Incidentally, the voltage scanning patterns as described above have almost fixed shapes of straight lines or curve lines. It is desirable that pattern making means, which makes the voltage scanning pattern by suitably complementing between the plural scattered data given by measuring the standard sample, according to a designated algorithm, is provided. In the pattern making means, although there are few points of the mass numbers measured in advance, almost the best voltage scanning pattern can be made. Therefore, more appropriate voltage can be applied to the solvent removing tube, the first ion lens and the second ion lens.

According to the liquid chromatograph mass spectrometer of the present invention, since the efficiency of introducing the objective ion into the mass separator is improved regardless of the mass number of the ion, the efficiency of the detection of the ions by the ion detector is improved. Accordingly, the accuracy and sensitivity of the analysis by using the mass spectrometer is improved, and a repeatability is also improved.

BRIEF DESCRIPTION OF THE DRAWINGS

FIG. 1 is a view for schematically explaining an example of the LC/MS of the present invention;

FIG. 2 is a schematic view for explaining a path of ions from a solvent removing tube to an entrance of a mass spectrometry chamber in the example of the LC/MS of the present invention;

FIG. 3(a) and FIG. 3(b) are examples of voltage scanning patterns in the example of the LC/MS of the present invention;

FIG. 4 is an explanatory perspective view of a first ion lens in the example of the LC/MS of the present invention; and

FIG. 5 is an explanatory perspective view of a second ion lens in the example of the LC/MS of the present invention.

DETAILED DESCRIPTION OF PREFERRED EMBODIMENTS

Hereunder, embodiments of an LC/MS of the present invention are explained with reference to the attached drawings. FIG. 1 is a view for schematically explaining an example of the LC/MS of the present invention. This apparatus has an ionization chamber 11 and a mass spectrometry chamber 14. The apparatus also has a first intermediate chamber 12 and a second intermediate chamber 13 which are disposed between the ionization chamber and the mass spectrometry chamber, and separated by a partition wall. The ionization chamber 11 has a nozzle 15 which is connected to an exit of a column for liquid chromatograph which is not shown. The mass spectrometry chamber 14 has a quadrupole filter 16 and an ion detector 17. The first intermediate chamber 12 and the second intermediate chamber 13 have a first ion lens 19 and a second ion lens 20, respectively. A solvent removing tube whose internal diameter is very small is provided between the ionization chamber 11 and the first intermediate chamber 12, and these chambers are connected to each other only through the solvent removing tube 18. A skimmer 21 having a through hole (orifice) with a very small diameter is provided between the first intermediate chamber 12 and the second intermediate chamber 13, and these chambers are connected to each other only through the skimmer 21.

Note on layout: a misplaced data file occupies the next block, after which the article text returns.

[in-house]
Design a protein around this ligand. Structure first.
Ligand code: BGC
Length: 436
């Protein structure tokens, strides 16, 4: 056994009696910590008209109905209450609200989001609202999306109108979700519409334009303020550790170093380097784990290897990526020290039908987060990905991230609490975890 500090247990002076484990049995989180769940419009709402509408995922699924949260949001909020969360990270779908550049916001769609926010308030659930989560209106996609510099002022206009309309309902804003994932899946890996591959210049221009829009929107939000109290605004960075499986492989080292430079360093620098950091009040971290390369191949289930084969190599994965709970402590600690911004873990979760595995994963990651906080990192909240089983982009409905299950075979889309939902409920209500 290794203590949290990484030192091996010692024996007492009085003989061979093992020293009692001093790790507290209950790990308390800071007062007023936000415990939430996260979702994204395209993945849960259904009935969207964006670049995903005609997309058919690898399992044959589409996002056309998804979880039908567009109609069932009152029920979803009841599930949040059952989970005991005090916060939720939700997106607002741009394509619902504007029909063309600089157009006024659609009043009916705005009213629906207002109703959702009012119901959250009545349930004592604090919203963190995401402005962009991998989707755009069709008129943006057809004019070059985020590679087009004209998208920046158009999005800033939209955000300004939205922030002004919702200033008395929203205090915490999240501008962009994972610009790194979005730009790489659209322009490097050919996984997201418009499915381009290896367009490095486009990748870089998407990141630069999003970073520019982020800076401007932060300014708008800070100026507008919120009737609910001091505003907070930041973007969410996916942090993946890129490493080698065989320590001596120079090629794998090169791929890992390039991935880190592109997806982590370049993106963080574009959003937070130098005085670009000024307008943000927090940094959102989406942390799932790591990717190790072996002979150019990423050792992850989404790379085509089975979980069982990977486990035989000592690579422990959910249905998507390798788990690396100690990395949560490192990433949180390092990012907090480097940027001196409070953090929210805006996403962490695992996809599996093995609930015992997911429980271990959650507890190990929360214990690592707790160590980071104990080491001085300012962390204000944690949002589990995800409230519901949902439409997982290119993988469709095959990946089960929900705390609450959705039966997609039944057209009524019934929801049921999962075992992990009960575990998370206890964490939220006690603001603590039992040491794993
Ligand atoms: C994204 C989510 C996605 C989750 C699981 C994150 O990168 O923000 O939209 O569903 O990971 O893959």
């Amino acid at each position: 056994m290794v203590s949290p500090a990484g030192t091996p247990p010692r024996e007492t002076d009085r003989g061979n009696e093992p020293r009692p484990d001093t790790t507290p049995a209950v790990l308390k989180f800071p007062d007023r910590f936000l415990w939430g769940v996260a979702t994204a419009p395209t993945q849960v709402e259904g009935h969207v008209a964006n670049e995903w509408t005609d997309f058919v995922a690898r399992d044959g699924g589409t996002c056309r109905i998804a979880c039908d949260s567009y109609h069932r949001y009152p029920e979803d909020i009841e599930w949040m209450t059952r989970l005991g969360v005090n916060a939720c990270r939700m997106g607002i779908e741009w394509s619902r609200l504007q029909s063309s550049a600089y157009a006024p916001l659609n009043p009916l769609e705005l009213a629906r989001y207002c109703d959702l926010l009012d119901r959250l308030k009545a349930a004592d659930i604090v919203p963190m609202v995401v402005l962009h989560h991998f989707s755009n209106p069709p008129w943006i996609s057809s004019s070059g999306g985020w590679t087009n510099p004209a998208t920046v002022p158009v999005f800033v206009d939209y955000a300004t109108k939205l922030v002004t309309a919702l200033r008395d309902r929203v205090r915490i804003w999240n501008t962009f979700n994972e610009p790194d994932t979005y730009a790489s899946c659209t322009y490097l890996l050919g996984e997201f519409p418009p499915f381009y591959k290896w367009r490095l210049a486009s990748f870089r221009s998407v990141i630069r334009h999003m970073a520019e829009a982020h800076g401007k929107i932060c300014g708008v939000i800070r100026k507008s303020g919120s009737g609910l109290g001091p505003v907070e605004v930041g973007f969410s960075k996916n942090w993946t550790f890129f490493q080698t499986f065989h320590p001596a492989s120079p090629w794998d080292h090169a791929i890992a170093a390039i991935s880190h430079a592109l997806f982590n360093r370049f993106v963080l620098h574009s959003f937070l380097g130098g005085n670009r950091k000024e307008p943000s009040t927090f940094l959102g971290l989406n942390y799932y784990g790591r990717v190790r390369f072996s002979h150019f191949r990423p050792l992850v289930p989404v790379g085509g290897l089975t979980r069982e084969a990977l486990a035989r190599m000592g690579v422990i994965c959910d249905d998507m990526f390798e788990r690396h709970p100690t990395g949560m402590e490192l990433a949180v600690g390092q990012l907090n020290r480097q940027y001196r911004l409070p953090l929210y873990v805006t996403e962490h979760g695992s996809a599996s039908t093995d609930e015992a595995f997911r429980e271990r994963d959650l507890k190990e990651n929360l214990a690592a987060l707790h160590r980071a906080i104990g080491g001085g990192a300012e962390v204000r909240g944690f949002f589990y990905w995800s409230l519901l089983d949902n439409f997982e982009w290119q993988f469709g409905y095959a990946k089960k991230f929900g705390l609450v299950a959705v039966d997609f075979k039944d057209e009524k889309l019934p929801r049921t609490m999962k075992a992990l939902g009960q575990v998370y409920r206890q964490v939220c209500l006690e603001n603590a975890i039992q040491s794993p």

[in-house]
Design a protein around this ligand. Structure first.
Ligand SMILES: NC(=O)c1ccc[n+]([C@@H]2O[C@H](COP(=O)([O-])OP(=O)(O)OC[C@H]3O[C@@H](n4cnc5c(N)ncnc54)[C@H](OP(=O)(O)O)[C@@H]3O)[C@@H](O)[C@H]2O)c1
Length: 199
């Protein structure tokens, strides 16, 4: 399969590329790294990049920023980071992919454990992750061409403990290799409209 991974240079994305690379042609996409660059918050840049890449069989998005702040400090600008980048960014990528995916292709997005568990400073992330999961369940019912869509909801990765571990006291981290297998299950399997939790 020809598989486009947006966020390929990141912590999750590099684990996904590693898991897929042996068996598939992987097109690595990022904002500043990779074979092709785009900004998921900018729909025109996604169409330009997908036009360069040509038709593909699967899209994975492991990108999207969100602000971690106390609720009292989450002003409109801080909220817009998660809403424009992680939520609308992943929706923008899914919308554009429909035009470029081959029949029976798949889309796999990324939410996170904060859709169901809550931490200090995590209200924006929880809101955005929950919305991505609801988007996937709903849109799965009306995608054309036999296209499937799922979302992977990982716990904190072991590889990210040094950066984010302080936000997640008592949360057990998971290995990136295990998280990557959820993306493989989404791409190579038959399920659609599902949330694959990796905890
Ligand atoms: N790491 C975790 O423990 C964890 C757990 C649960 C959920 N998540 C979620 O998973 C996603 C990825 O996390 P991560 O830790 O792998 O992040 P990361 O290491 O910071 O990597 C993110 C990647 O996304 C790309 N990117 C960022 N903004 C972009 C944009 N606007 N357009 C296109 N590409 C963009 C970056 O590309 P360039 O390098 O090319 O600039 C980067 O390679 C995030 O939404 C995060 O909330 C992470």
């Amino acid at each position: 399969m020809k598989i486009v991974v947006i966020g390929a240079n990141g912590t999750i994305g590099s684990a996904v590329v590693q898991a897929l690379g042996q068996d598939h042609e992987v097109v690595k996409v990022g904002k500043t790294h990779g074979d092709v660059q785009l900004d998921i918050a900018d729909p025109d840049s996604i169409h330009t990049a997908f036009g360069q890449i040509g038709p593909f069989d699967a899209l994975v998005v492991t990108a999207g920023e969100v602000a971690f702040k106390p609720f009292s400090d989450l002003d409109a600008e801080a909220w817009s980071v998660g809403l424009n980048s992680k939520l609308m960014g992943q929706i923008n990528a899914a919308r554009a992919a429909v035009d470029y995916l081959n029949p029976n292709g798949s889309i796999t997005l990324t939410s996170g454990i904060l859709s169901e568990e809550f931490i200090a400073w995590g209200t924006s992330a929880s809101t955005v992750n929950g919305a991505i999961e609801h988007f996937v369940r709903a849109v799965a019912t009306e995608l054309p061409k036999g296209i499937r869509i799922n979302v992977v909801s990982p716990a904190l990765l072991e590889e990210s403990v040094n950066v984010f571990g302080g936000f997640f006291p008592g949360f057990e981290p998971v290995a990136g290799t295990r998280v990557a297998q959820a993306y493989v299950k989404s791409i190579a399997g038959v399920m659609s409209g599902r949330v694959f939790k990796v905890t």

An inside of the ionization chamber 11 has approximately an atmospheric pressure because of gas molecules of the liquid sample provided continuously through the nozzle 15. On the other hand, an inside of the mass spectrometry chamber 14 is exhausted by a turbo-molecular pump (TMP) 27 to become a high vacuum condition, such as a range approximately from 10−3 to 10−4 Pa for the mass spectrometry. Since a hole has to be provided for passing the ions from the ionization chamber 11 to the mass spectrometry chamber 14, between which there is a large difference in pressure, the first intermediate chamber 12 and the second intermediate chamber 13 are disposed between the ionization chamber 11 and the mass spectrometry chamber 14, and the vacuum conditions are gradually increased from the ionization chamber 11 toward the mass spectrometry chamber 14. Concretely, an inside of the first intermediate chamber 12 is exhausted by a rotary pump (RP) 25 to approximately 102 Pa, and the second intermediate chamber 13 is exhausted by a turbo-molecular pump (TMP) 26 approximately to a range from 10−1 to 10−2 Pa.

The liquid sample is atomized into the ionization chamber 11 through the nozzle 15, and the molecules of the sample are ionized during a vaporizing process of solvent of droplets. Generated ions are sucked with the small droplets which are not ionized, by the solvent removing tube 18 due to the pressure difference between the ionization chamber 11 and the first intermediate chamber 12. The first intermediate chamber 12 has the first ion lens 19 therein, an electric field of which helps ions through the solvent removing tube 18 to be sucked and focus the ions around the orifice of the skimmer 21.

The ions which are introduced into the second intermediate chamber 13 through the orifice of the skimmer 21 are focused by the second ion lens 20 and accelerated to be sent to the mass spectrometry chamber 14 through a pin hole 22. In the mass spectrometry chamber 14, only objective ions having specific mass numbers (mass m/charge z) pass through a space along the longitudinal direction of the center of the quadrupole filter 16 to reach the detector 17, and are detected. Incidentally, the central axis of the path of the ions is called an ion optical axis c.